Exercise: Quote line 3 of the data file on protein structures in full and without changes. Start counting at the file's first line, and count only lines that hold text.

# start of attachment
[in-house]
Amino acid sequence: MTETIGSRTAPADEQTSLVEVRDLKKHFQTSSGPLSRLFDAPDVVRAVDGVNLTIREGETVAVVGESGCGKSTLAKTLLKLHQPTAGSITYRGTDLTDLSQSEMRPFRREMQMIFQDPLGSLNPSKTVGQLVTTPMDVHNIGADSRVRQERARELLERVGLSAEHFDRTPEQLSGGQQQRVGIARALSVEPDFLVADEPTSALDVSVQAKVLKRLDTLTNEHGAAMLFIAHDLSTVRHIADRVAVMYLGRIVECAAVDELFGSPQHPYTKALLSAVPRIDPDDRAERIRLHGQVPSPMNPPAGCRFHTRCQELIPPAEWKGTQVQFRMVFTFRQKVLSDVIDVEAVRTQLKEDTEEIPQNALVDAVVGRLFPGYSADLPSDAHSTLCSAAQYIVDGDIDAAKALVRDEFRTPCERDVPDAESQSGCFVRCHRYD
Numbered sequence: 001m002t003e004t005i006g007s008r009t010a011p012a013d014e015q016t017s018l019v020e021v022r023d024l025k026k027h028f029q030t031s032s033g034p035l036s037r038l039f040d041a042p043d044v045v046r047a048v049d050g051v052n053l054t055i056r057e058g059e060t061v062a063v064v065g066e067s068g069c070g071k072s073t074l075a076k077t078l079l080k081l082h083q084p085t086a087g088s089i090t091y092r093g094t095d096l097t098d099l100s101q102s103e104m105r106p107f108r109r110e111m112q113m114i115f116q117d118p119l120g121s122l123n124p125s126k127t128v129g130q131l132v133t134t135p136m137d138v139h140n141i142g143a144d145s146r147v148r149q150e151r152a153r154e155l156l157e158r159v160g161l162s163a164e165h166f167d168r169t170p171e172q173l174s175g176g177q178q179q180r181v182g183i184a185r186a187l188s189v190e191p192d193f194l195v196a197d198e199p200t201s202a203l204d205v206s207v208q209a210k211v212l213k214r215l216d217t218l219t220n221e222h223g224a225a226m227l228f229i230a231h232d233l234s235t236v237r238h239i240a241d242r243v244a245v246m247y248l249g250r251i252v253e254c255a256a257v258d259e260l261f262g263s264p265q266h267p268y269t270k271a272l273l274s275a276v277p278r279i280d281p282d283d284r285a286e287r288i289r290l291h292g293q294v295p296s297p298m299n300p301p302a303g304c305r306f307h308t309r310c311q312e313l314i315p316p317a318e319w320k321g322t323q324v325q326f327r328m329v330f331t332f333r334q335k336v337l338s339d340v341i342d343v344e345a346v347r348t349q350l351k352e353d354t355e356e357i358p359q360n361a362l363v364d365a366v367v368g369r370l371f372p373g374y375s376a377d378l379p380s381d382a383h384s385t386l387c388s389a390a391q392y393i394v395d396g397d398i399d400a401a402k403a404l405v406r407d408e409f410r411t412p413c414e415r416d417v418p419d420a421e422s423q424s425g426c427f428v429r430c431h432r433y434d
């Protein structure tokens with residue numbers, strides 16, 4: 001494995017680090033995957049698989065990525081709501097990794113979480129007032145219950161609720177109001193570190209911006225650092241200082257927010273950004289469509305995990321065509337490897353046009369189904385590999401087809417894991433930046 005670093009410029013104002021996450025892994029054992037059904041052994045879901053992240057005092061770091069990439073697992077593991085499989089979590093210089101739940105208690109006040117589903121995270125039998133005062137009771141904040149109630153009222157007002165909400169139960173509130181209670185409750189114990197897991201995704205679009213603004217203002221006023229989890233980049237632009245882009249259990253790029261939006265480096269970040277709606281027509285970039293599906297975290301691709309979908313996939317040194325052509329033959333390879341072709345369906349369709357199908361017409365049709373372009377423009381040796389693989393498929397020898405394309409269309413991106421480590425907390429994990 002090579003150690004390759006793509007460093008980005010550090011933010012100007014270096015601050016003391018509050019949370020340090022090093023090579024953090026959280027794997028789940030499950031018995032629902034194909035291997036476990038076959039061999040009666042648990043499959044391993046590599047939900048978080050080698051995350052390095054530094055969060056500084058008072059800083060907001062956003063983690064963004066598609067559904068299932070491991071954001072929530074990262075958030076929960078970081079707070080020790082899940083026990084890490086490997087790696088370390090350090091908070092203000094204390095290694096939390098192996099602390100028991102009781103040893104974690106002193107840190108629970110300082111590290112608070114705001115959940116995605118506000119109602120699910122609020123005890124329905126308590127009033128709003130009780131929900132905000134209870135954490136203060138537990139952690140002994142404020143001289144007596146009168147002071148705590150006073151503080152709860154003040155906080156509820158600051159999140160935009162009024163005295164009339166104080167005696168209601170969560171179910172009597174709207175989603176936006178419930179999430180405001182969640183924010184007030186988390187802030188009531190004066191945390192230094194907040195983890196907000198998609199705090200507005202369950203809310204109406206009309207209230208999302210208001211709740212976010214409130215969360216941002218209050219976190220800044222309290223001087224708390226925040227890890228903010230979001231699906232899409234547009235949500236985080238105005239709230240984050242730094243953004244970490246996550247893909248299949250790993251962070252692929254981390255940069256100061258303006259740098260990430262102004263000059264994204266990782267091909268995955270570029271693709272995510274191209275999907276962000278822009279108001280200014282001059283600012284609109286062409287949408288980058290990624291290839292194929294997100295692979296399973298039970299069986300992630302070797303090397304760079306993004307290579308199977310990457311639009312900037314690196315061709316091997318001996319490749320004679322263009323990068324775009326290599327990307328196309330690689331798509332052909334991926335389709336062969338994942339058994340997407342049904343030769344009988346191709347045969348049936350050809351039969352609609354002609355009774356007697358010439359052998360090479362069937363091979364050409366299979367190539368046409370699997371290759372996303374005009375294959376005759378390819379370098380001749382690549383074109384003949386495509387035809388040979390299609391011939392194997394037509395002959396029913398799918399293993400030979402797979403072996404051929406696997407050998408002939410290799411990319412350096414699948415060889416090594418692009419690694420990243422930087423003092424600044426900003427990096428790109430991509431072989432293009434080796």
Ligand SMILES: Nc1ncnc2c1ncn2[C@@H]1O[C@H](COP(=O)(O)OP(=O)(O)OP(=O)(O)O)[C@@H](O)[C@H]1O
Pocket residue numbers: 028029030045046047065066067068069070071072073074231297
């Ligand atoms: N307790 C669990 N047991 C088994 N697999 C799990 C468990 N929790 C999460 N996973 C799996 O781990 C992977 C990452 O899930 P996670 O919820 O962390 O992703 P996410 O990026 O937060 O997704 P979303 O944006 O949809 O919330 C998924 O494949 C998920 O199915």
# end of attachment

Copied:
Numbered sequence: 001m002t003e004t005i006g007s008r009t010a011p012a013d014e015q016t017s018l019v020e021v022r023d024l025k026k027h028f029q030t031s032s033g034p035l036s037r038l039f040d041a042p043d044v045v046r047a048v049d050g051v052n053l054t055i056r057e058g059e060t061v062a063v064v065g066e067s068g069c070g071k072s073t074l075a076k077t078l079l080k081l082h083q084p085t086a087g088s089i090t091y092r093g094t095d096l097t098d099l100s101q102s103e104m105r106p107f108r109r110e111m112q113m114i115f116q117d118p119l120g121s122l123n124p125s126k127t128v129g130q131l132v133t134t135p136m137d138v139h140n141i142g143a144d145s146r147v148r149q150e151r152a153r154e155l156l157e158r159v160g161l162s163a164e165h166f167d168r169t170p171e172q173l174s175g176g177q178q179q180r181v182g183i184a185r186a187l188s189v190e191p192d193f194l195v196a197d198e199p200t201s202a203l204d205v206s207v208q209a210k211v212l213k214r215l216d217t218l219t220n221e222h223g224a225a226m227l228f229i230a231h232d233l234s235t236v237r238h239i240a241d242r243v244a245v246m247y248l249g250r251i252v253e254c255a256a257v258d259e260l261f262g263s264p265q266h267p268y269t270k271a272l273l274s275a276v277p278r279i280d281p282d283d284r285a286e287r288i289r290l291h292g293q294v295p296s297p298m299n300p301p302a303g304c305r306f307h308t309r310c311q312e313l314i315p316p317a318e319w320k321g322t323q324v325q326f327r328m329v330f331t332f333r334q335k336v337l338s339d340v341i342d343v344e345a346v347r348t349q350l351k352e353d354t355e356e357i358p359q360n361a362l363v364d365a366v367v368g369r370l371f372p373g374y375s376a377d378l379p380s381d382a383h384s385t386l387c388s389a390a391q392y393i394v395d396g397d398i399d400a401a402k403a404l405v406r407d408e409f410r411t412p413c414e415r416d417v418p419d420a421e422s423q424s425g426c427f428v429r430c431h432r433y434d